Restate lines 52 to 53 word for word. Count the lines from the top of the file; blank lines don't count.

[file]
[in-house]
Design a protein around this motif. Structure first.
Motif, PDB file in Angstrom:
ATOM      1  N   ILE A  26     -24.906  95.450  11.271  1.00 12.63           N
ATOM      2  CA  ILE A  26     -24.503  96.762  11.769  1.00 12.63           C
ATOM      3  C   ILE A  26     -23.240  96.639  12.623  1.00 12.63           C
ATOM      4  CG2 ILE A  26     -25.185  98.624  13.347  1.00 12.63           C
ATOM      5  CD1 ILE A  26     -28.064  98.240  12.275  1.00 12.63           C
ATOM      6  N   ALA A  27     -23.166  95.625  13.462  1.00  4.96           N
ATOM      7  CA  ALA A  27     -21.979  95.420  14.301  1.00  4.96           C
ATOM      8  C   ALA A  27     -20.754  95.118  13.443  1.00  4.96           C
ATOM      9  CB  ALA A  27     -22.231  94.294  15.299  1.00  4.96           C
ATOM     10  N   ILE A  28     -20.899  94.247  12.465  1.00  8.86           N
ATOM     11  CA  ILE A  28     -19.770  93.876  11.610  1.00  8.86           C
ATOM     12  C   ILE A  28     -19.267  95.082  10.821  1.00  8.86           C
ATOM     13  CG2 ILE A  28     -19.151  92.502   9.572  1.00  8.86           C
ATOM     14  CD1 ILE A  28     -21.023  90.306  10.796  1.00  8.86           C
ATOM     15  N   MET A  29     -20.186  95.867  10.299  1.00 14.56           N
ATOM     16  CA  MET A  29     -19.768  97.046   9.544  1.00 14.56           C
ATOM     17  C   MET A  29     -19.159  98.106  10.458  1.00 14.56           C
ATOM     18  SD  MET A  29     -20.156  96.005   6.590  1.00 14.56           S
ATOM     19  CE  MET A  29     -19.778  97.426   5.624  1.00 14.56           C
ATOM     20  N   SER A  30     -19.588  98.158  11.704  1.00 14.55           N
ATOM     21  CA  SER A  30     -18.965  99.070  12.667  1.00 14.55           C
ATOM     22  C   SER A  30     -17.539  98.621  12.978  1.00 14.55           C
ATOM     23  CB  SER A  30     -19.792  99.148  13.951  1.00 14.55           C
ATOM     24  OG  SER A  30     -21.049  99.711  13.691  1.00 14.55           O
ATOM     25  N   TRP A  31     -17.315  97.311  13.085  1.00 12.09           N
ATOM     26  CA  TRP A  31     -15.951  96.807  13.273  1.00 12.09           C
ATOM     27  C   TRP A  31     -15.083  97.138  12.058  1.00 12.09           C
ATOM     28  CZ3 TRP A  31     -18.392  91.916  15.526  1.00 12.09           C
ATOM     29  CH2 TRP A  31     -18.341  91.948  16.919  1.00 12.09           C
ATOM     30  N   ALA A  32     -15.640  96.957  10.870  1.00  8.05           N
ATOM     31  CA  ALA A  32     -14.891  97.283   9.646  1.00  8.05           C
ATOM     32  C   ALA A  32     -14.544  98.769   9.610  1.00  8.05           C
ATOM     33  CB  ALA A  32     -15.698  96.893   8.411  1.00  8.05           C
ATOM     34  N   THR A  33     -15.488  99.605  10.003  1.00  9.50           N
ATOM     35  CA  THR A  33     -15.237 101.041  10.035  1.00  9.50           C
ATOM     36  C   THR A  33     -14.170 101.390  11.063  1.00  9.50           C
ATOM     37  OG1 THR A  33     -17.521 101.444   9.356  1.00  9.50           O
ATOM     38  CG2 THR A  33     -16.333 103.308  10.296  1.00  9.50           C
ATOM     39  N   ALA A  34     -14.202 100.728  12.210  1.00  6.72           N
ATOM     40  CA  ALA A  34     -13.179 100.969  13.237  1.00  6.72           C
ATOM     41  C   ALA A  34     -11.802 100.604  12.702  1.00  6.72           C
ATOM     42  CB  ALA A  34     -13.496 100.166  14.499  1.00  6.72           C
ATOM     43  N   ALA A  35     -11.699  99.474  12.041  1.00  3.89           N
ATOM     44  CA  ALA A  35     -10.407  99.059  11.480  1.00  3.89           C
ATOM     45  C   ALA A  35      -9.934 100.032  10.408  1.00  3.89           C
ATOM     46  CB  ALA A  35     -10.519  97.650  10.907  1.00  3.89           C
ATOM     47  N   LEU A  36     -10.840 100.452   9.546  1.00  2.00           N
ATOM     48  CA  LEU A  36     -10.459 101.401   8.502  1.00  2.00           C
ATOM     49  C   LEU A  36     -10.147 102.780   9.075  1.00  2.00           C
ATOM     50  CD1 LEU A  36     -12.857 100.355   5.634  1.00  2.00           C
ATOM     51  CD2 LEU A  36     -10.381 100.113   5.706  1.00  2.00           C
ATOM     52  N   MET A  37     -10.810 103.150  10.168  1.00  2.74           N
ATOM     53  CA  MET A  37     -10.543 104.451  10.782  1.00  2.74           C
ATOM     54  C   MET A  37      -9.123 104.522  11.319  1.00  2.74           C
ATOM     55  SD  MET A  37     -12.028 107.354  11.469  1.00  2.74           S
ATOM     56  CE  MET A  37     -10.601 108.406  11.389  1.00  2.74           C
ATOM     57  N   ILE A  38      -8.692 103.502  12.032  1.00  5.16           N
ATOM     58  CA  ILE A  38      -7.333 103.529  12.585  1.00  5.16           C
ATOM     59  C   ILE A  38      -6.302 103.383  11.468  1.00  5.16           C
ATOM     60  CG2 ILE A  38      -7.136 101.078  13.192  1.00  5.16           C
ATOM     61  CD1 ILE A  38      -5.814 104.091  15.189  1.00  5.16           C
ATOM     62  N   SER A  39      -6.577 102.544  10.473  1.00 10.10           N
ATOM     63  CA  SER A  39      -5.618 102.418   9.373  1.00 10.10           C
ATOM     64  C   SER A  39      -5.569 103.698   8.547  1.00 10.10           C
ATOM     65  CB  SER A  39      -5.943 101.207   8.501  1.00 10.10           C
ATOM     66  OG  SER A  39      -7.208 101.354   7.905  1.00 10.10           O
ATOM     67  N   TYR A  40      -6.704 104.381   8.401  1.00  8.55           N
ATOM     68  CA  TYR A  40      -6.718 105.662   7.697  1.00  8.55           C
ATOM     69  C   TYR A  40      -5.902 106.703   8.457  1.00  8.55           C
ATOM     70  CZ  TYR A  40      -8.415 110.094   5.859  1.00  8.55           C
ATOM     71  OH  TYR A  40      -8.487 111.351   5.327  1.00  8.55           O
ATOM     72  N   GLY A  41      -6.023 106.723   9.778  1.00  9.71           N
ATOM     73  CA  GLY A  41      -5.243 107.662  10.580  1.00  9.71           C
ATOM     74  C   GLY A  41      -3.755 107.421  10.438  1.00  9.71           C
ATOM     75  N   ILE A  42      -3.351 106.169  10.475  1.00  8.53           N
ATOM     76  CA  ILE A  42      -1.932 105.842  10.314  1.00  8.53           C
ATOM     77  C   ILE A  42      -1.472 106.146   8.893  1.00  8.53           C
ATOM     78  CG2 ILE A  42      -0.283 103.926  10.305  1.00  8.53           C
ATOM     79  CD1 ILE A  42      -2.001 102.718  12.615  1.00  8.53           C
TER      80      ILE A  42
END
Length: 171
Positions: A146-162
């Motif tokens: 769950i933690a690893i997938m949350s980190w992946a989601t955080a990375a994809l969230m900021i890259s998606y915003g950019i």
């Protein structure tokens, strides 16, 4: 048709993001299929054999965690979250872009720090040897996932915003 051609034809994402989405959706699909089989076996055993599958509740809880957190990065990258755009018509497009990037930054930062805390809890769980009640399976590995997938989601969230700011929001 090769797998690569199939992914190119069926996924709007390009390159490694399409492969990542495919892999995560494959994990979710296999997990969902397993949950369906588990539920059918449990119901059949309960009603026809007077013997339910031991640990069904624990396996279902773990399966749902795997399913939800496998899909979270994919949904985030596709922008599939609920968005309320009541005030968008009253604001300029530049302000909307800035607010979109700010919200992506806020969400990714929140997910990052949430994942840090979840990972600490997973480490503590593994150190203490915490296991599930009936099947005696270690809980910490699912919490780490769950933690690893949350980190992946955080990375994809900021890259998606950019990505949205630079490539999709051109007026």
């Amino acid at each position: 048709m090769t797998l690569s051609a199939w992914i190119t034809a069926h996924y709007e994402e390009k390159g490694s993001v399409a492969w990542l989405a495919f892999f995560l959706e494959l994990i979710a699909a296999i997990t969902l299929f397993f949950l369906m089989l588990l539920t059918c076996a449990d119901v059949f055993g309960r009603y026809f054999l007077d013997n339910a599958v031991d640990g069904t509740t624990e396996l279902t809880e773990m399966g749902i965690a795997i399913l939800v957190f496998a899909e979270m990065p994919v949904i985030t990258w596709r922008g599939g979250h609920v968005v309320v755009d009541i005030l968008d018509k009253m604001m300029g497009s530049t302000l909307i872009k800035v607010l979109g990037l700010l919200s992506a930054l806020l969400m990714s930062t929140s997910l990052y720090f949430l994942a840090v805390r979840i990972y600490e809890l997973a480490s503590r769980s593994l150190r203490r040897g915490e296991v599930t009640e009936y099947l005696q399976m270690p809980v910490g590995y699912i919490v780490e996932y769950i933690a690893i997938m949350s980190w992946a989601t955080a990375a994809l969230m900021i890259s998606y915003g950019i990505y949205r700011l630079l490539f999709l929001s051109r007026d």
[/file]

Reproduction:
ATOM     49  C   LEU A  36     -10.147 102.780   9.075  1.00  2.00           C
ATOM     50  CD1 LEU A  36     -12.857 100.355   5.634  1.00  2.00           C